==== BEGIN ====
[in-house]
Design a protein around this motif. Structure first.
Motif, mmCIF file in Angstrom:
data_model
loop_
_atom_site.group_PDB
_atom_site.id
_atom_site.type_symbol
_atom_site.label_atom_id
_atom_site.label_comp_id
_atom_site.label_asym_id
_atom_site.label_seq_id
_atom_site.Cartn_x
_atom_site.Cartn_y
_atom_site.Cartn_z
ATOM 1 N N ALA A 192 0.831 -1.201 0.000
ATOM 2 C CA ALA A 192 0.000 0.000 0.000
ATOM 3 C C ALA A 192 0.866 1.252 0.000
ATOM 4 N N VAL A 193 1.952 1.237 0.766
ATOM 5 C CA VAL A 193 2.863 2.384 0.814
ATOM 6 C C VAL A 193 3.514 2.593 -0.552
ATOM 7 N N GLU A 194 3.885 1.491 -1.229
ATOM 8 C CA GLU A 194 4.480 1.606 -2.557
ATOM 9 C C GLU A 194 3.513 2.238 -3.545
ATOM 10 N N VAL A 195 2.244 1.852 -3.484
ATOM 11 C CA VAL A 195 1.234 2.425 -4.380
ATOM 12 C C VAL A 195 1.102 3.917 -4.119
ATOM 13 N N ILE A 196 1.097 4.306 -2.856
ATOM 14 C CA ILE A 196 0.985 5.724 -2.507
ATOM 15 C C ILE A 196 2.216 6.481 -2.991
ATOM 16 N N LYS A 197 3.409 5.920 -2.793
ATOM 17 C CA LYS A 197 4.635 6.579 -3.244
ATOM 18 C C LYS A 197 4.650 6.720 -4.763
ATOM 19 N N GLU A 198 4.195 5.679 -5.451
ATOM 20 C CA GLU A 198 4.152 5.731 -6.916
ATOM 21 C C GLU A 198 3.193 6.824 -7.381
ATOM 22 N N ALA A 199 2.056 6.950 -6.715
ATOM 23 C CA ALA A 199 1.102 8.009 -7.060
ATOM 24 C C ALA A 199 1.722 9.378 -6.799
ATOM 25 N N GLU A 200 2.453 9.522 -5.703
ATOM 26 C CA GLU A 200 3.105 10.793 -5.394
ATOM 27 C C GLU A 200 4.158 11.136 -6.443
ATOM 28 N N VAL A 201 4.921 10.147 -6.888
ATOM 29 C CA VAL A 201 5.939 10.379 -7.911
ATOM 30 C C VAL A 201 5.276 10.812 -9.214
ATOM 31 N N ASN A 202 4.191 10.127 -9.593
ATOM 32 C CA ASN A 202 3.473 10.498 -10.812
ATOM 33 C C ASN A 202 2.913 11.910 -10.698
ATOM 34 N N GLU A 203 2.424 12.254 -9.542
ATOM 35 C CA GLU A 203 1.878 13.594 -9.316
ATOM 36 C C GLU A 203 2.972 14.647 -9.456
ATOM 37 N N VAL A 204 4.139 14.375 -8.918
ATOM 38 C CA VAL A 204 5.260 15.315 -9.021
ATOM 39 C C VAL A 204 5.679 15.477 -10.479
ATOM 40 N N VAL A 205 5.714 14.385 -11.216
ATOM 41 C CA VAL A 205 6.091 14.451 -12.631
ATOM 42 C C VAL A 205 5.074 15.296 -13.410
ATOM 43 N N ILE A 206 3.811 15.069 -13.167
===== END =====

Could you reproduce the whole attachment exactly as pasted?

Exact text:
[in-house]
Design a protein around this motif. Structure first.
Motif, mmCIF file in Angstrom:
data_model
loop_
_atom_site.group_PDB
_atom_site.id
_atom_site.type_symbol
_atom_site.label_atom_id
_atom_site.label_comp_id
_atom_site.label_asym_id
_atom_site.label_seq_id
_atom_site.Cartn_x
_atom_site.Cartn_y
_atom_site.Cartn_z
ATOM 1 N N ALA A 192 0.831 -1.201 0.000
ATOM 2 C CA ALA A 192 0.000 0.000 0.000
ATOM 3 C C ALA A 192 0.866 1.252 0.000
ATOM 4 N N VAL A 193 1.952 1.237 0.766
ATOM 5 C CA VAL A 193 2.863 2.384 0.814
ATOM 6 C C VAL A 193 3.514 2.593 -0.552
ATOM 7 N N GLU A 194 3.885 1.491 -1.229
ATOM 8 C CA GLU A 194 4.480 1.606 -2.557
ATOM 9 C C GLU A 194 3.513 2.238 -3.545
ATOM 10 N N VAL A 195 2.244 1.852 -3.484
ATOM 11 C CA VAL A 195 1.234 2.425 -4.380
ATOM 12 C C VAL A 195 1.102 3.917 -4.119
ATOM 13 N N ILE A 196 1.097 4.306 -2.856
ATOM 14 C CA ILE A 196 0.985 5.724 -2.507
ATOM 15 C C ILE A 196 2.216 6.481 -2.991
ATOM 16 N N LYS A 197 3.409 5.920 -2.793
ATOM 17 C CA LYS A 197 4.635 6.579 -3.244
ATOM 18 C C LYS A 197 4.650 6.720 -4.763
ATOM 19 N N GLU A 198 4.195 5.679 -5.451
ATOM 20 C CA GLU A 198 4.152 5.731 -6.916
ATOM 21 C C GLU A 198 3.193 6.824 -7.381
ATOM 22 N N ALA A 199 2.056 6.950 -6.715
ATOM 23 C CA ALA A 199 1.102 8.009 -7.060
ATOM 24 C C ALA A 199 1.722 9.378 -6.799
ATOM 25 N N GLU A 200 2.453 9.522 -5.703
ATOM 26 C CA GLU A 200 3.105 10.793 -5.394
ATOM 27 C C GLU A 200 4.158 11.136 -6.443
ATOM 28 N N VAL A 201 4.921 10.147 -6.888
ATOM 29 C CA VAL A 201 5.939 10.379 -7.911
ATOM 30 C C VAL A 201 5.276 10.812 -9.214
ATOM 31 N N ASN A 202 4.191 10.127 -9.593
ATOM 32 C CA ASN A 202 3.473 10.498 -10.812
ATOM 33 C C ASN A 202 2.913 11.910 -10.698
ATOM 34 N N GLU A 203 2.424 12.254 -9.542
ATOM 35 C CA GLU A 203 1.878 13.594 -9.316
ATOM 36 C C GLU A 203 2.972 14.647 -9.456
ATOM 37 N N VAL A 204 4.139 14.375 -8.918
ATOM 38 C CA VAL A 204 5.260 15.315 -9.021
ATOM 39 C C VAL A 204 5.679 15.477 -10.479
ATOM 40 N N VAL A 205 5.714 14.385 -11.216
ATOM 41 C CA VAL A 205 6.091 14.451 -12.631
ATOM 42 C C VAL A 205 5.074 15.296 -13.410
ATOM 43 N N ILE A 206 3.811 15.069 -13.167